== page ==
Accused by state and local governments of fueling the opioid addiction crisis, Cardinal, McKesson, AmerisourceBergen, and Johnson & Johnson settled with those governments for $26B Wednesday. (Photo via Flickr / CC BY-NC-SA 2.0)
Louisiana should receive more than $325 million as part of a settlement that multiple states and local governments reached with three drug companies and a company that manufactured and marketed opioids, Louisiana Attorney General Jeff Landry announced Wednesday.
Landry was part of a bipartisan group of attorneys general from across the United States who accused Cardinal, McKesson, AmerisourceBergen, and Johnson & Johnson of fueling the nation’s opiod addiction crisis. The companies settled for $26 billion dollars.
“Today is a great day in our fight to hold accountable those who have stoked the fire of the opioid crisis,” Landry said in a written statement. “Thousands of our neighbors have buried their loved ones throughout the opioid epidemic, and countless other families in Louisiana remain devastated by the crisis.”
Cardinal, McKesson, AmerisourceBergen, the three drug distributors, issued a statement Wednesday: “While the companies strongly dispute the allegations made in these lawsuits, they believe the proposed settlement agreement and settlement process it establishes, which is outlined below, are important steps toward achieving broad resolution of governmental opioid claims and delivering meaningful relief to communities across the United States. The companies remain deeply concerned about the impact the opioid epidemic is having on individuals, families, and communities across the nation and are committed to being part of the solution.”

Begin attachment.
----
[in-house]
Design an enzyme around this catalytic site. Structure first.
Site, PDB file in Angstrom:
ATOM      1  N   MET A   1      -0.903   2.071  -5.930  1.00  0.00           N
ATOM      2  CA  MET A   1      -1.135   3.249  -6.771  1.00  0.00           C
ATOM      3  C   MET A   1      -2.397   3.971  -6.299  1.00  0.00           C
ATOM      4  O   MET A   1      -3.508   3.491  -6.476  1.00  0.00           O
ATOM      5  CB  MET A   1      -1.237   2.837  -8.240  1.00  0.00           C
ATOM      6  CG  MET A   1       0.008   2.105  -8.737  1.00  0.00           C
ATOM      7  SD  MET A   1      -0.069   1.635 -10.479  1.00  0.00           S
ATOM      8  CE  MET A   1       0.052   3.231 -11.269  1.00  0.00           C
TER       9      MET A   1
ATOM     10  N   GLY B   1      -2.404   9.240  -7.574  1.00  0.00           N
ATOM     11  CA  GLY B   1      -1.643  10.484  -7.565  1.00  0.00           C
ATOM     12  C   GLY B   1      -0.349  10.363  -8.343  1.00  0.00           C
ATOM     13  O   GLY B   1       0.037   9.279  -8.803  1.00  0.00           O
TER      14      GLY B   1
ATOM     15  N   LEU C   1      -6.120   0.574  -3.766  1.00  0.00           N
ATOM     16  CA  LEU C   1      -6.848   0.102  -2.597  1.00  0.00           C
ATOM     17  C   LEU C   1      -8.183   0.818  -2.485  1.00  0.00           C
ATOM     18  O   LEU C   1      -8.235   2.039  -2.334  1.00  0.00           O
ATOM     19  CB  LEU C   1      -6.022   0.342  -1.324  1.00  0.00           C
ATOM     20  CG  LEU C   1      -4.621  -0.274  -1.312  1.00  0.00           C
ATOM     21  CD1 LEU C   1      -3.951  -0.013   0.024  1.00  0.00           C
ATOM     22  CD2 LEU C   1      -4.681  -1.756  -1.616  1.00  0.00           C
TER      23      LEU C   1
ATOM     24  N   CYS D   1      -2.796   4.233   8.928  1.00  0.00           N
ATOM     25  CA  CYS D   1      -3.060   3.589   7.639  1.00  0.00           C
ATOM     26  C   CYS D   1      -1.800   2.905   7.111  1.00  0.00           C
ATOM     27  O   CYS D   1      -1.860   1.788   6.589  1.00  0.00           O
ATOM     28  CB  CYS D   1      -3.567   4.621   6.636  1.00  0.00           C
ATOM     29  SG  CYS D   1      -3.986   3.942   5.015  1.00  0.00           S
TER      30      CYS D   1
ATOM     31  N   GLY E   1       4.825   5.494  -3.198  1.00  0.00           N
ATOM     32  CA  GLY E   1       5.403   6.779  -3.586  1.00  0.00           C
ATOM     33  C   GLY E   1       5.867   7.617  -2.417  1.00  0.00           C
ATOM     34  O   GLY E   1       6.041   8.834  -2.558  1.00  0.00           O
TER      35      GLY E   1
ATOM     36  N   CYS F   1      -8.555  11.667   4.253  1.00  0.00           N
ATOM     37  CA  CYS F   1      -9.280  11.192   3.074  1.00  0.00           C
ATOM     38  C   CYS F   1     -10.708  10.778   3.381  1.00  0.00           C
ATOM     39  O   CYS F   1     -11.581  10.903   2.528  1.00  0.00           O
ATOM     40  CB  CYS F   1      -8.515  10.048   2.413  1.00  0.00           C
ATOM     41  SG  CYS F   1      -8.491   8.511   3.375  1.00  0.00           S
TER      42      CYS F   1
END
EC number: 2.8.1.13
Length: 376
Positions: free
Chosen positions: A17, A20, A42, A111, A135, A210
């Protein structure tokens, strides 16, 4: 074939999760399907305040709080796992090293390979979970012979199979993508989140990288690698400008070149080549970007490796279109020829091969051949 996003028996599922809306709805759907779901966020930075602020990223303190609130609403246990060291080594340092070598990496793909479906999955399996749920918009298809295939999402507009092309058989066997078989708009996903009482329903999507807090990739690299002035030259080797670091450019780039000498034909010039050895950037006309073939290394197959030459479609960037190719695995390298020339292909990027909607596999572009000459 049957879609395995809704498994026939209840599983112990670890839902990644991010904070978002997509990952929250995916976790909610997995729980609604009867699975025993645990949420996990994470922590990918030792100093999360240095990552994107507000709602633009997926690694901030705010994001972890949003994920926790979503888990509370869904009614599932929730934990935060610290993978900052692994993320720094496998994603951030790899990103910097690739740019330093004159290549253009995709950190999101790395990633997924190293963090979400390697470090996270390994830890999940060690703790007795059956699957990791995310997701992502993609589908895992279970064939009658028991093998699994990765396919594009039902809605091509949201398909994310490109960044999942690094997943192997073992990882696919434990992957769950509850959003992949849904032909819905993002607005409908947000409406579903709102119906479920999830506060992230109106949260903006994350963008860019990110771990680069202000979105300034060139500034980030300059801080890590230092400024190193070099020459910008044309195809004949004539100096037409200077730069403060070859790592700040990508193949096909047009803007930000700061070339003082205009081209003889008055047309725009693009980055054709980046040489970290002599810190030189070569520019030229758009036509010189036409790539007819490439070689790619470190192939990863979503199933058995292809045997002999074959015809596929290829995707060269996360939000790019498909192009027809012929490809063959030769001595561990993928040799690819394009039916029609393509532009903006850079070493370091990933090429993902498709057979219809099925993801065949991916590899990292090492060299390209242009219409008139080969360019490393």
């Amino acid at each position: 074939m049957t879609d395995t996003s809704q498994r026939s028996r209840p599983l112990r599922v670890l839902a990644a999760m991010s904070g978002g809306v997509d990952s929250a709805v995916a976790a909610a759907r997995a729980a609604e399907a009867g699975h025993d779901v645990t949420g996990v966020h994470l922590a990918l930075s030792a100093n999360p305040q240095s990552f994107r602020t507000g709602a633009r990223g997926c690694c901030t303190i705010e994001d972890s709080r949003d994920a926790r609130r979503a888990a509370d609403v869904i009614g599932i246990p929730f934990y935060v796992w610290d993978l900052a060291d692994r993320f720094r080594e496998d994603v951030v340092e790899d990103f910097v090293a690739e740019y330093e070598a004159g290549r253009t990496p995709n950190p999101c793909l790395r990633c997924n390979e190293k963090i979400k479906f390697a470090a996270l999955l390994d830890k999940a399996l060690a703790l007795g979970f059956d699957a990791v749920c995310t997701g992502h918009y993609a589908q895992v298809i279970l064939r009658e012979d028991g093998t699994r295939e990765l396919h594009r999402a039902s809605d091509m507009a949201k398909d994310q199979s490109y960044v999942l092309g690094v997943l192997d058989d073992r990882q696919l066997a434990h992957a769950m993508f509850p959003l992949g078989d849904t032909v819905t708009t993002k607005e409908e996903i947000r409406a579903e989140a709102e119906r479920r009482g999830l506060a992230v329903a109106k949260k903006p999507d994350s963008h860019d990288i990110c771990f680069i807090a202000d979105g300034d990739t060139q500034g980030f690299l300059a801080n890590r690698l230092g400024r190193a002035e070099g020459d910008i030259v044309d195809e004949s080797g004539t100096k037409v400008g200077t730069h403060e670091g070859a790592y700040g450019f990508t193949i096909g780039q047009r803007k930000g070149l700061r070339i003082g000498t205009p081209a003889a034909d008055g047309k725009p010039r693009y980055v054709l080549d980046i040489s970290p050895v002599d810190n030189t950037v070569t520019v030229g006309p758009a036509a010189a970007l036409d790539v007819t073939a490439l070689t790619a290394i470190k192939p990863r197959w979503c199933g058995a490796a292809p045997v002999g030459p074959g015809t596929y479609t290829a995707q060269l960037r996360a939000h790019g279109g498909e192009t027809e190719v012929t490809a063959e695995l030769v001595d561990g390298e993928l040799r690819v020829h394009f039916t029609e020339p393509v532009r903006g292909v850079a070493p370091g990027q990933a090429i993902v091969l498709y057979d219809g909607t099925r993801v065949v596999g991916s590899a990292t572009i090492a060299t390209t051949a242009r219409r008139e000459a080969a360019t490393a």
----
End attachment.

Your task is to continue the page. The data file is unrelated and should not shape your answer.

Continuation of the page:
In its statement, Johnson & Johnson wrote, “We recognize the opioid crisis is a tremendously complex public health issue, and we have deep sympathy for everyone affected. This settlement will directly support state and local efforts to make meaningful progress in addressing the opioid crisis in the United States.”
Our stories may be republished online or in print under Creative Commons license CC BY-NC-ND 4.0. We ask that you edit only for style or to shorten, provide proper attribution and link to our web site.